The Jezero Crater. (Image: NASA)

Mars’ Jezero Crater Was Home to a River Delta Like Those Found On Earth, New Study Confirms

An international team of researchers analyzing images collected by NASA’s Perseverance Rover have determined that the red planet previously featured a river delta virtually identical to similar geographic features found on Earth.

Formed approximately 3.7 billion years ago, this ancient river led to the creation of a sizable Martian lake that once occupied Jezero crater, the rover’s current home.

“The study shows how much water flowed into this crater about 3.7 billion years ago,” the press release announcing the published study states, “and indicates where the rover could search for biosignatures or organic material.”

The researchers say the topography of the river delta was so specific in structure to those on Earth that they felt there was no other viable explanation for what the rover’s cameras were seeing.

“The geometry is so typical that there is no equivalent structure that can explain it,” lead researcher Nicolas Mangold from the Universite de Nantes told The Debrief in an email, “thus it is a clear indication of the presence of a lake.”



Background: Was there Water on Mars?

Numerous studies have pointed to a wet past on Mars, including a recent finding that the Jezero crater had not only been home to an ancient lake but also concluded that the body of water had been in place long enough for microbial life to potentially take hold.

This tantalizing result, along with the existing body of work supporting Mars’ watery origins, led Mangold and fellow researcher Sanjeev Gupta from the Imperial College of London to look at images captured by the rover’s high-resolution camera known as SuperCam, hoping to find telltale geological features similar to those found on Earth.

“My participation and that of the French authors is related to the SuperCam instrument,” Mangold told The Debrief, “which is a french-US instrument that acquires high-resolution images as well as spectra to identify rock composition.”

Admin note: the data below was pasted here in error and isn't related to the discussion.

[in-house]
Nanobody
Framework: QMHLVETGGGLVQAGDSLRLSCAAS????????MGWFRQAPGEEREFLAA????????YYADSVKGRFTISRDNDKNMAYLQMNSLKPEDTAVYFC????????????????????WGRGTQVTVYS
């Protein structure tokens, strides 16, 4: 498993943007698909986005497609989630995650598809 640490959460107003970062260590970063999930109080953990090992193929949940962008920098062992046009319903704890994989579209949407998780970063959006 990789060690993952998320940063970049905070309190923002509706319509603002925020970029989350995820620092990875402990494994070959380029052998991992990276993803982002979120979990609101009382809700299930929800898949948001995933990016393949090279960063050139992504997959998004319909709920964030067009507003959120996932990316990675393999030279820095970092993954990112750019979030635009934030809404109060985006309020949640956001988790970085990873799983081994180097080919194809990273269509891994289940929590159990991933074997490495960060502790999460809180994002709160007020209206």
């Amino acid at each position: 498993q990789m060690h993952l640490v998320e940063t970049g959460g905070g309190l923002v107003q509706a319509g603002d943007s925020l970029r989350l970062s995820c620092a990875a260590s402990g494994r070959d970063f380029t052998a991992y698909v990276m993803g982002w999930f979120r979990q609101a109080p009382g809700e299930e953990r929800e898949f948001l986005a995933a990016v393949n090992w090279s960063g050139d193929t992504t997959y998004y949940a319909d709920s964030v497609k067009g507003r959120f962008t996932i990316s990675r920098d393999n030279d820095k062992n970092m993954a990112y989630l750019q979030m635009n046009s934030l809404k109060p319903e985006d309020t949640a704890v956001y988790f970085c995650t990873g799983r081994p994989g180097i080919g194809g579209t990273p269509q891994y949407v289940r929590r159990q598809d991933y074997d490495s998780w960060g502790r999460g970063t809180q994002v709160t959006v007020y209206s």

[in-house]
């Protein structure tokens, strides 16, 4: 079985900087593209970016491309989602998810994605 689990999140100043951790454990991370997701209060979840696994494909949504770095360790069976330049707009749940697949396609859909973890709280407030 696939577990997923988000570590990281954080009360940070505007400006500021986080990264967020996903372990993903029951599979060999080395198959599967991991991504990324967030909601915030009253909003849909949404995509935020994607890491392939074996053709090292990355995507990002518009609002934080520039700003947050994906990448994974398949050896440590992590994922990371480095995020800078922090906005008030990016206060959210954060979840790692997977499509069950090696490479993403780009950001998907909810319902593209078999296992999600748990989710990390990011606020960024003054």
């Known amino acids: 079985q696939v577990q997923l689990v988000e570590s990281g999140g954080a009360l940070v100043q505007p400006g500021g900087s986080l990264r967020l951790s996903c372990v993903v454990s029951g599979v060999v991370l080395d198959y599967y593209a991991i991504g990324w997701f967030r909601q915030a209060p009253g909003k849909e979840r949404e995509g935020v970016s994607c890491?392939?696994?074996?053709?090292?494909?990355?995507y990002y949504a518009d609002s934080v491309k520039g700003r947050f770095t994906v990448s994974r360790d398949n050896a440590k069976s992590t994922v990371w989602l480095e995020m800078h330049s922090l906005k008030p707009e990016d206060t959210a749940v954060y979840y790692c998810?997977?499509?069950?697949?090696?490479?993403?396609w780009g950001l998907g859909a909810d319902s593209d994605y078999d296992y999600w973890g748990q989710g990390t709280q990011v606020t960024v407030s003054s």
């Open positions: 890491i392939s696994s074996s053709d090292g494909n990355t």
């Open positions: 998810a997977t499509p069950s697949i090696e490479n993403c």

According to Mangold, his team searched through the SuperCam’s images of cliff faces to measure the dip of the rock layers within the cliffs, and the shapes and sizes of the various boulders contained within the cliff faces themselves. This hunt, said Mangold, proved successful, with the team’s results published in the journal Science.



Analysis: Water, Water, Everywhere…

“The key observation is at Kodiak (a feature of Jezero), where the layers pass regularly from horizontal, to inclined, and then horizontal again,” Mangold explained. “This geometry is typical of the geometry of deltas, with ‘topsets’ being river deposits and ‘forsets’ being the river deposits entering inside the lake and falling on the slope at the lake entrance. Then ‘bottomsets’ are muddy deposits formed further.”

Mangold told The Debrief that his team also identified numerous boulders within the cliff faces. Based upon their relative sizes, these large, ancient rocks must have been rolled into place by “high-energy floods.” Furthermore, given the boulders’ location within the strata, these high-energy floods must have taken place at the end of the crater’s filling sequence.

“The boulders are up to 1.5 m large, which require a river to have a huge energy to transport such boulders on a relatively flat slope (1 or 2° of slope on the delta),” Mangold said. “This type of deposit is typical of flash floods or glacial surges, so we don’t know yet what kind of climate change is responsible for these floods, but their presence at the top of the delta is likely not a coincidence.”

Furthermore, Mangold told The Debrief, “our findings indicate that the delta is a Gilbert-type delta, which is typically the type of delta formed when a river flow enters into a standing body of water with low action of waves and no effect of tides.”

Outlook: Now, Can we find Life in the Jezero Crater?

Mangold said that finding and analyzing these types of ancient boulders is particularly useful because they may correspond to rocks that were transported into the lake from the planet’s crust. “Sampling ancient crustal material is part of the main objectives for sample returns,” he said.

When asked by The Debrief how their findings might help the rover team select interesting targets to analyze and potentially stash for a future sample return mission, Mangold said that is what they are doing now. “We are currently discussing how to include these findings in the traverse of Perseverance up to the delta top.”



Follow and connect with author Christopher Plain on Twitter: @plain_fiction